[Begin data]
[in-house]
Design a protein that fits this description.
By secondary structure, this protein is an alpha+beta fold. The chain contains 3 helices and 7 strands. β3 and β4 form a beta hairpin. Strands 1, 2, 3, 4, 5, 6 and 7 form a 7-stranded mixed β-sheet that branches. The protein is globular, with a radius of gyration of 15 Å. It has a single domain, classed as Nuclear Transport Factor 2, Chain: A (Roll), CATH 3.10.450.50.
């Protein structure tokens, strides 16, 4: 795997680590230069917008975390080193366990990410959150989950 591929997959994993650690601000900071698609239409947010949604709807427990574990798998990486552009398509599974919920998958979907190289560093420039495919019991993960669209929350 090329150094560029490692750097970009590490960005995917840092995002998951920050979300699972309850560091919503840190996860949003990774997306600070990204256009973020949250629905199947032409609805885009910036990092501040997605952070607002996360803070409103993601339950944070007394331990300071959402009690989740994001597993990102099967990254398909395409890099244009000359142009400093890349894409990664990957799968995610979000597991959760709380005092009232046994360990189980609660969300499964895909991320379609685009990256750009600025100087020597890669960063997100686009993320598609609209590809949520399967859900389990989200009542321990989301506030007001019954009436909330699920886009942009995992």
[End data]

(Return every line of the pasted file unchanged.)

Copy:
[in-house]
Design a protein that fits this description.
By secondary structure, this protein is an alpha+beta fold. The chain contains 3 helices and 7 strands. β3 and β4 form a beta hairpin. Strands 1, 2, 3, 4, 5, 6 and 7 form a 7-stranded mixed β-sheet that branches. The protein is globular, with a radius of gyration of 15 Å. It has a single domain, classed as Nuclear Transport Factor 2, Chain: A (Roll), CATH 3.10.450.50.
């Protein structure tokens, strides 16, 4: 795997680590230069917008975390080193366990990410959150989950 591929997959994993650690601000900071698609239409947010949604709807427990574990798998990486552009398509599974919920998958979907190289560093420039495919019991993960669209929350 090329150094560029490692750097970009590490960005995917840092995002998951920050979300699972309850560091919503840190996860949003990774997306600070990204256009973020949250629905199947032409609805885009910036990092501040997605952070607002996360803070409103993601339950944070007394331990300071959402009690989740994001597993990102099967990254398909395409890099244009000359142009400093890349894409990664990957799968995610979000597991959760709380005092009232046994360990189980609660969300499964895909991320379609685009990256750009600025100087020597890669960063997100686009993320598609609209590809949520399967859900389990989200009542321990989301506030007001019954009436909330699920886009942009995992």